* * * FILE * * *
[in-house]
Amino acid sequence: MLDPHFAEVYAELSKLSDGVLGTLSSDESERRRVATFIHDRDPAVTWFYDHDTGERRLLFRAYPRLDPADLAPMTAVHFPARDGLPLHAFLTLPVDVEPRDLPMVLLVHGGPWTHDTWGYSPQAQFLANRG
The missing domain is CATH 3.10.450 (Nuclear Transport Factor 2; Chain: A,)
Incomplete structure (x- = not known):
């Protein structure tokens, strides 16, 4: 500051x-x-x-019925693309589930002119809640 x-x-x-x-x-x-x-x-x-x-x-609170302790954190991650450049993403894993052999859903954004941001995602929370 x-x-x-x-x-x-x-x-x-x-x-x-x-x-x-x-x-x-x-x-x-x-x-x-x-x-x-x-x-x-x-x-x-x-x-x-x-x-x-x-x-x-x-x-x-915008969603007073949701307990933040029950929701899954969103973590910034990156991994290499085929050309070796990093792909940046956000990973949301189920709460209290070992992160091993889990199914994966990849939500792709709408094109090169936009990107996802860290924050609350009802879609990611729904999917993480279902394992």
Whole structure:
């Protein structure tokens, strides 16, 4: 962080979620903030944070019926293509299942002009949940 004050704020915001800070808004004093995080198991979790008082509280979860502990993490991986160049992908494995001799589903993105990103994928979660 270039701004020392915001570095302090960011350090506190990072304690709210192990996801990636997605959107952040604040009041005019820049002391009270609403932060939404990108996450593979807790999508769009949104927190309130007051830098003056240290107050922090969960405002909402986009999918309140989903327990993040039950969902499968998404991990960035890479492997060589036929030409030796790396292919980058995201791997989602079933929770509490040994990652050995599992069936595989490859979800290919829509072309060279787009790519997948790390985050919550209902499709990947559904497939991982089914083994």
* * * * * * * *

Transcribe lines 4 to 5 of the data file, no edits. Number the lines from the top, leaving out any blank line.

Incomplete structure (x- = not known):
């Protein structure tokens, strides 16, 4: 500051x-x-x-019925693309589930002119809640 x-x-x-x-x-x-x-x-x-x-x-609170302790954190991650450049993403894993052999859903954004941001995602929370 x-x-x-x-x-x-x-x-x-x-x-x-x-x-x-x-x-x-x-x-x-x-x-x-x-x-x-x-x-x-x-x-x-x-x-x-x-x-x-x-x-x-x-x-x-915008969603007073949701307990933040029950929701899954969103973590910034990156991994290499085929050309070796990093792909940046956000990973949301189920709460209290070992992160091993889990199914994966990849939500792709709408094109090169936009990107996802860290924050609350009802879609990611729904999917993480279902394992």